“I learned to knit, but I just never got into it.” I hear this countless times while teaching knitting classes, or discussing hobbies with friends, but I have never understood how it could happen. How could someone have knitting needles in their hands and not feel that surge of happiness like I do?
There is a certain learning curve for knitting, I understand that. However, I listen to the click of my needles late at night, and can’t help but feel calm and relaxed. Knitting is my way of slowing down and listening to myself. My thoughts wander deeper and deeper into my mind as I absent-mindedly count out the *k1, yo, k3, yo, sk2p, p1, k3tog, yo, k3, yo, k1* of my pattern.
These are the moments when I know myself. I am able to process the experiences of the day with every purl stitch and I can just sit in the present moment and work on one thing at a time. The rest of the time, I am so frantically working towards the end of the day that I miss most things as they speed by. I couldn’t tell you what I ate for breakfast, I can’t remember where I set down my phone, and unless it’s written down somewhere, I’ve most likely forgotten my entire to-do list.
But just a little bit of yarn and that all turns around. I can tell you what row I’m on, what pattern I’m making, and I can even tell you what I was daydreaming about when I finished that last piece. I sit there with the familiar motions and let the rhythm calm my mind like beautiful music.
Nobody really taught me how to knit. I remember someone working on their own pair of socks who tried to quickly explain what they were doing so I’d stop asking questions. I remember picking up a ball of yarn and using the needles to make a horrible mess of knots when I was 8, but I had no skill then. It just sort of happened — one day, knitting was as seamless a part of my life as walking or tying my shoes.
In my college years, knitting was never too far from me. I kept a ball of yarn and needles in my backpack and I could finish a chunky knit infinity scarf over the course of one lecture, or a beanie by the end of a 3-hour session. Professors usually asked me if I was paying attention, but never really cared if the person in the back of the room was paying attention — just as long as they were awake. When I passed with flying colors, they were floored and joked about how knitting should be recommended coursework.
At my dead-end job in retail (which I loved, can’t you tell?), I had a ball of yarn in the pocket of my horrible, awful, red vest. I worked at a craft store, so nobody complained as long as the counters were clean and customers were attended to. In fact, a few of those customers now know how to knit because the work was slow and I had time to show them the basic knit stitch.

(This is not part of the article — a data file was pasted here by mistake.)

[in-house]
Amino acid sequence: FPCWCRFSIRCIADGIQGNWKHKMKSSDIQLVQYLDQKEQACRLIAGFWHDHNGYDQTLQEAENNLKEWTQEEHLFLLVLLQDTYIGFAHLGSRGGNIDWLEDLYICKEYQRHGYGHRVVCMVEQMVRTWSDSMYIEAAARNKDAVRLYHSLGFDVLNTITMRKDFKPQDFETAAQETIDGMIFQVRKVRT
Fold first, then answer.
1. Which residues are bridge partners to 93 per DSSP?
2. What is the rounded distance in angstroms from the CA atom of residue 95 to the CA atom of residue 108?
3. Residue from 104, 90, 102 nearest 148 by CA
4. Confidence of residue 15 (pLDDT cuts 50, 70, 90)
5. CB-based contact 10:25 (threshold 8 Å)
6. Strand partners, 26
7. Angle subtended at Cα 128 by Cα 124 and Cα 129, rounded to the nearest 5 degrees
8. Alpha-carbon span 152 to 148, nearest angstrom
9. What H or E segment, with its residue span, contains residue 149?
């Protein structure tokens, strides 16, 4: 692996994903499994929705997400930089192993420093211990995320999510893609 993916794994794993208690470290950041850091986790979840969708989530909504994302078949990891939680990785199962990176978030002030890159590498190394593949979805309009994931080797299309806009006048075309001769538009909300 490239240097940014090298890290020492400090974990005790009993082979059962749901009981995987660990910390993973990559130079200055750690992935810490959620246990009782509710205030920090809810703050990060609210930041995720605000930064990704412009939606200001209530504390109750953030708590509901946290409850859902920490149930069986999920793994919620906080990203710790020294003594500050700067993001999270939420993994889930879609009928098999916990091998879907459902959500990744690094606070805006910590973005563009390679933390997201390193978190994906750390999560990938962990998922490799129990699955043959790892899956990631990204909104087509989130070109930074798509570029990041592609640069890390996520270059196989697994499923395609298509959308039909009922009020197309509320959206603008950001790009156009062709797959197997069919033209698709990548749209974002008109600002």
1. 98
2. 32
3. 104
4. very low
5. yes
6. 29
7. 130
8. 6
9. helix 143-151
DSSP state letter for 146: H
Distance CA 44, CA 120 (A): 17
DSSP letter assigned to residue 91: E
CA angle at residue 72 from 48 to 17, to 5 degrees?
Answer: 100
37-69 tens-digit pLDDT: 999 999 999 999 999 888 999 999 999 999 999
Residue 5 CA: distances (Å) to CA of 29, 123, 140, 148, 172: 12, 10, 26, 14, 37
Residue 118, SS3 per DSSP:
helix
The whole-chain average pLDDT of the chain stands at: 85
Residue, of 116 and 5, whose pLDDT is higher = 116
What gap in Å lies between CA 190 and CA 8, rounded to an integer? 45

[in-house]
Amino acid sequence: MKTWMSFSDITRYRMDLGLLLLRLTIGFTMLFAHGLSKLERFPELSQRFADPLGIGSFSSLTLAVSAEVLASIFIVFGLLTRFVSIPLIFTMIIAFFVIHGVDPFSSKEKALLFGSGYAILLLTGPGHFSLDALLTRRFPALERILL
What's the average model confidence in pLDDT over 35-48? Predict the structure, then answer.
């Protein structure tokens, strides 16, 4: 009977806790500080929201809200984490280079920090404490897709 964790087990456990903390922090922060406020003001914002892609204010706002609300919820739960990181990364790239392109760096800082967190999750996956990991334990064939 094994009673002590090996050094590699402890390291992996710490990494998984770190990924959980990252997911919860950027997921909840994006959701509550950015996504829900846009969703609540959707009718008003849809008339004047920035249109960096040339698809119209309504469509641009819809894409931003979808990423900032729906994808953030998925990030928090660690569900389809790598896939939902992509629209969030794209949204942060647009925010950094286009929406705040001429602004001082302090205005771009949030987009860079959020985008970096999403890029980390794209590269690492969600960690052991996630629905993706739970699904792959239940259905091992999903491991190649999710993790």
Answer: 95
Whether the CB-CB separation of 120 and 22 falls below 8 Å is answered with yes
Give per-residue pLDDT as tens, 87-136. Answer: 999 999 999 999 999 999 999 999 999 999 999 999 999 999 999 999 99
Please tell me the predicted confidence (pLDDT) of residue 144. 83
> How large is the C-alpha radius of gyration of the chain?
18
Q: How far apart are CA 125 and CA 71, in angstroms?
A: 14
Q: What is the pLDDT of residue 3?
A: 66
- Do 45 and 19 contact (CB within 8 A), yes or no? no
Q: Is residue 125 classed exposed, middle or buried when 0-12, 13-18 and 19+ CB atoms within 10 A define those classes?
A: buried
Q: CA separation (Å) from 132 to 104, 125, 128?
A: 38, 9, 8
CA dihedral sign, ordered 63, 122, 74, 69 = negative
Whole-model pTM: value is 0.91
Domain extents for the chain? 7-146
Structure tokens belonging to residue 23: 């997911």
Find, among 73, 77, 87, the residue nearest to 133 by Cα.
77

Eventually, I taught knitting and crochet classes at the store. I loved the idea that there was one more knitter in the world because of that work. When they came in for another skein of yarn to work on the week after one of my classes, I was overjoyed. Keep knitting, I thought. Keep knitting through all the hard times and all the knots and tangles!
There is a camaraderie I felt with those people in the yarn aisle, shopping for their next project. These people understood what so many out in the world had missed. Those frustrating growing pains of learning to knit had paid off and now they were knitters. They could sit down on a couch, in the park, on the bus, anywhere and create something from a pile of yarn.
Through every dropped stitch, matted skein, and fumbled stitch, I’ve created a skill and habit of creating. I find peace and happiness in a ball of yarn and then I transform it into something breathtakingly beautiful. It has its flaws, an irregular stitch here or there, but that is the monument to the hours of quiet and stillness that I spent learning to listen to my own heart while the click-click-click of the needles kept me grounded in the task at hand — and that is why I knit.
This post is part of the Grace Notes blog hop. You can find more posts celebrating life’s everyday magic by visiting Grace Notes.
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